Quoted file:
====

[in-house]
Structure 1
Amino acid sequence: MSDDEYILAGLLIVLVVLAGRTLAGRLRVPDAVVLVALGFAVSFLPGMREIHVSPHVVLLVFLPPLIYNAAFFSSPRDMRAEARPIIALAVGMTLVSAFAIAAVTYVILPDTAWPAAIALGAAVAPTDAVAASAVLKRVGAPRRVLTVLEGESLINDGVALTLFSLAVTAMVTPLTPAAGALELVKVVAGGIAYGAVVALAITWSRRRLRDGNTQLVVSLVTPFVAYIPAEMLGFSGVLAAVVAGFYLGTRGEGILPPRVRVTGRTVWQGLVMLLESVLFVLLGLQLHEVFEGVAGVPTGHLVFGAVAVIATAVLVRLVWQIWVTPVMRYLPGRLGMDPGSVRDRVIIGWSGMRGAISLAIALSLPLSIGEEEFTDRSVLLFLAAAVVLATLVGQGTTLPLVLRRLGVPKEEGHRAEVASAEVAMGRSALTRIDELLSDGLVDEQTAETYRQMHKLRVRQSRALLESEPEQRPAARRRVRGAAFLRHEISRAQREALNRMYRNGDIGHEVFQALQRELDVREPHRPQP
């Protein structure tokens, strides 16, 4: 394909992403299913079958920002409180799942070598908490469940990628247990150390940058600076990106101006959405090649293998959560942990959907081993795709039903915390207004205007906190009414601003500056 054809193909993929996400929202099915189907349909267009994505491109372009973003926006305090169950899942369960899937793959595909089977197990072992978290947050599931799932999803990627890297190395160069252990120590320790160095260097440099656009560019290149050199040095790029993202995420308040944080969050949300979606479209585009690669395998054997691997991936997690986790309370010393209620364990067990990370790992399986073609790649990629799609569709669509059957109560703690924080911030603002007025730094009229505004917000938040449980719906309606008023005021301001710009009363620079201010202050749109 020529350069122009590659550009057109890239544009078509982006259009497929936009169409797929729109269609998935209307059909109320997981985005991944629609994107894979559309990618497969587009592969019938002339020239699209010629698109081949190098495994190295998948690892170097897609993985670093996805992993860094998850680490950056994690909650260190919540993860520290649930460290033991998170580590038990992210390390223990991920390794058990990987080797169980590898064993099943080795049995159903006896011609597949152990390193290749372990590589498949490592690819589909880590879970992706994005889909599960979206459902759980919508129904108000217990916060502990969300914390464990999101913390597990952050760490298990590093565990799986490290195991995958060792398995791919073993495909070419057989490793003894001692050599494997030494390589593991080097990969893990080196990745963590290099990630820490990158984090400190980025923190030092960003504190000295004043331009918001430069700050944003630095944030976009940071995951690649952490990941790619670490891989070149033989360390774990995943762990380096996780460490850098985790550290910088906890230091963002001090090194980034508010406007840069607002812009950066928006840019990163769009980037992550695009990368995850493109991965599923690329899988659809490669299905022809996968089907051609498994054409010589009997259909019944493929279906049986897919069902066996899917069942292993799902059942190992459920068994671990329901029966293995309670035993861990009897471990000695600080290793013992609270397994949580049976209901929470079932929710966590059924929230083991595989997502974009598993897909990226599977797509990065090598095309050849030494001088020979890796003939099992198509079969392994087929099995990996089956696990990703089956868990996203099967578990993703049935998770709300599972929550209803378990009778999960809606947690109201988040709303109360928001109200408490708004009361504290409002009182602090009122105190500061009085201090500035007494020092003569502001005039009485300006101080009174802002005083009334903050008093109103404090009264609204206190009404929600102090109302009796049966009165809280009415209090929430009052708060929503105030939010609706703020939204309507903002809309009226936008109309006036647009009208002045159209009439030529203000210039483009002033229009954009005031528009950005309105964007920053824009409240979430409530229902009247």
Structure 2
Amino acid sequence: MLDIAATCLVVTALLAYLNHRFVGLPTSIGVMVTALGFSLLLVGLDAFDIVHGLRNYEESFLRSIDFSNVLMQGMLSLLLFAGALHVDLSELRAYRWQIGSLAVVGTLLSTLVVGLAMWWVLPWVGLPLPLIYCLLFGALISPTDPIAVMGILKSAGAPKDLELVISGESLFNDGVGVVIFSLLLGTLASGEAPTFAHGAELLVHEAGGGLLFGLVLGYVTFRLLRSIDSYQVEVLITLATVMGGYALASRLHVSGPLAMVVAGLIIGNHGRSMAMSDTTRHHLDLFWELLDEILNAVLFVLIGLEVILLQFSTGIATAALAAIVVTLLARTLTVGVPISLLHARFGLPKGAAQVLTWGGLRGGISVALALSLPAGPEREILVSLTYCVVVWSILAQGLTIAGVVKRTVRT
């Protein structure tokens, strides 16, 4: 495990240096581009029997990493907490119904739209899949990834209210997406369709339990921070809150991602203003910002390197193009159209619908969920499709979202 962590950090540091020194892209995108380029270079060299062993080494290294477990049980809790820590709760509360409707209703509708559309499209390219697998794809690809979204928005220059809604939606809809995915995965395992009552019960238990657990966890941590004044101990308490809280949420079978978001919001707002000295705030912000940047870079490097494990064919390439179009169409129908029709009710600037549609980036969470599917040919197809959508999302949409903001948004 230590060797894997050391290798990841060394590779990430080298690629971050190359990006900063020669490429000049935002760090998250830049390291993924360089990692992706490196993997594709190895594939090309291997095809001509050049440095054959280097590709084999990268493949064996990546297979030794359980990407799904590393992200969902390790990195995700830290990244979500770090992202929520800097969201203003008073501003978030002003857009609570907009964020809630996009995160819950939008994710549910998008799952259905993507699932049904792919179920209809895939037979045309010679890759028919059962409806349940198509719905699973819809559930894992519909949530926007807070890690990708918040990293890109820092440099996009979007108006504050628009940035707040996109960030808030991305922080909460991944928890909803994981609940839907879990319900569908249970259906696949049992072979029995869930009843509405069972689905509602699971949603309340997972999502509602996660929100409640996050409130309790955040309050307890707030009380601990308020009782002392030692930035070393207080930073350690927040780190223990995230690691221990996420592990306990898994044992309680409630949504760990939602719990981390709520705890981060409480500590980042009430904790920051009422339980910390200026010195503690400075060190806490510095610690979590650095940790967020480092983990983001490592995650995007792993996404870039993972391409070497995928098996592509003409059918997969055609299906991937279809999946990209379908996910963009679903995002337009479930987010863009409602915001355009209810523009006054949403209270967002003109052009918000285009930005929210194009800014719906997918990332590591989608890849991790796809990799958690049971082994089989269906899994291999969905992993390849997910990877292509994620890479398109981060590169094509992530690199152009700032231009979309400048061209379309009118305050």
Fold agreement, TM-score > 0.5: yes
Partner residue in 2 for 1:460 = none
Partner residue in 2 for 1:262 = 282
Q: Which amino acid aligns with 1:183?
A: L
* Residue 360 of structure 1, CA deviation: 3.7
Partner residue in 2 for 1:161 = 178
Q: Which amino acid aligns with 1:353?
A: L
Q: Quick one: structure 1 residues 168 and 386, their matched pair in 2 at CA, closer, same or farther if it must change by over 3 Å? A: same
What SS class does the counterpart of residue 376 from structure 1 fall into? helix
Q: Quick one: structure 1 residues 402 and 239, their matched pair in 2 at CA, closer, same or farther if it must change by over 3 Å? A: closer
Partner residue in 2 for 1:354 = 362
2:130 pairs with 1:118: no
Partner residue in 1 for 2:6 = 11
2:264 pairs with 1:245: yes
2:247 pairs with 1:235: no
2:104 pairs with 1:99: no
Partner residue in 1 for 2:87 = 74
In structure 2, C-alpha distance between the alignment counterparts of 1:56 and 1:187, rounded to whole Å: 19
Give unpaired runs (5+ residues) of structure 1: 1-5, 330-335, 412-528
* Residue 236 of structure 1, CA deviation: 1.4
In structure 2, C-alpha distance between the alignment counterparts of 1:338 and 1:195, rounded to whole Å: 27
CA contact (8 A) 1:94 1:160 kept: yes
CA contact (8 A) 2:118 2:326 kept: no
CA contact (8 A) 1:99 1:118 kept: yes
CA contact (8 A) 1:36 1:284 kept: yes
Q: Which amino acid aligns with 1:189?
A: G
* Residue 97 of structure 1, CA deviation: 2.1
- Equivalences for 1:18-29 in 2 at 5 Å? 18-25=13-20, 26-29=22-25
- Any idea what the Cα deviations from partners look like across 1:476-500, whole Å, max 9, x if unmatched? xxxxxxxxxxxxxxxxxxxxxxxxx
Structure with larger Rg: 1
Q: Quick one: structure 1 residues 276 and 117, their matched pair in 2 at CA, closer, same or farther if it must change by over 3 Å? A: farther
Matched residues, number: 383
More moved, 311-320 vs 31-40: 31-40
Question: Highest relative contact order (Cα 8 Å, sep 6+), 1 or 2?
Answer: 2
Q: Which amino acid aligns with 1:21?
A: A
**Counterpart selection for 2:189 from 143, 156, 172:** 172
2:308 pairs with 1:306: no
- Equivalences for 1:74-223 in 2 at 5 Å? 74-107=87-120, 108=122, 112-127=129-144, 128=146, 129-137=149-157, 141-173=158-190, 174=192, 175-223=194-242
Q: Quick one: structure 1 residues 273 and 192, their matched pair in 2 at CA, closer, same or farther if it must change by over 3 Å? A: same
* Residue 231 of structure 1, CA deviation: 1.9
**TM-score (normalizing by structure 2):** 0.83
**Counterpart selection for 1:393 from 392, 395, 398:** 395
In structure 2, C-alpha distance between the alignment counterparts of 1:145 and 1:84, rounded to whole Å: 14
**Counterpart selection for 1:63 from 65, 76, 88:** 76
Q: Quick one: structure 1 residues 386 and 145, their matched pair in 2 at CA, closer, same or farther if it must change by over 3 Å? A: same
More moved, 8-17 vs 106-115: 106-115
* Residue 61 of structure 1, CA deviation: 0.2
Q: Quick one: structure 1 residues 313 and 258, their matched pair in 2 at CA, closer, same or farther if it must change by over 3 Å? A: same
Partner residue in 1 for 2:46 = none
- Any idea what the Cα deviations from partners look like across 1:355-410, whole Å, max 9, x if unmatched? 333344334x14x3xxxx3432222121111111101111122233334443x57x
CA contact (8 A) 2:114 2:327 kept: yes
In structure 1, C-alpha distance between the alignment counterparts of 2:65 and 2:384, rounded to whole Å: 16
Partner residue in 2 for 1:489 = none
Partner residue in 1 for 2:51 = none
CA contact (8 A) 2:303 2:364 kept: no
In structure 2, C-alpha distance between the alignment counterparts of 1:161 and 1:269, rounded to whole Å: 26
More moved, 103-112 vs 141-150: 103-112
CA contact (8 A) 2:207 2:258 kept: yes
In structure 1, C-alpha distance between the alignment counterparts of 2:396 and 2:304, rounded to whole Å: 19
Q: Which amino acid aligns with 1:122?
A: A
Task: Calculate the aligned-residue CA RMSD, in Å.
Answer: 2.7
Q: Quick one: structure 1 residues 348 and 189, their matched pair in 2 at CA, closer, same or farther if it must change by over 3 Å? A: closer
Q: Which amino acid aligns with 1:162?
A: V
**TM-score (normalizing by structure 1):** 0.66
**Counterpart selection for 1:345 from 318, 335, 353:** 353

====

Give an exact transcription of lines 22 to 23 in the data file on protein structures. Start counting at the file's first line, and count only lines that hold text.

Partner residue in 1 for 2:6 = 11
2:264 pairs with 1:245: yes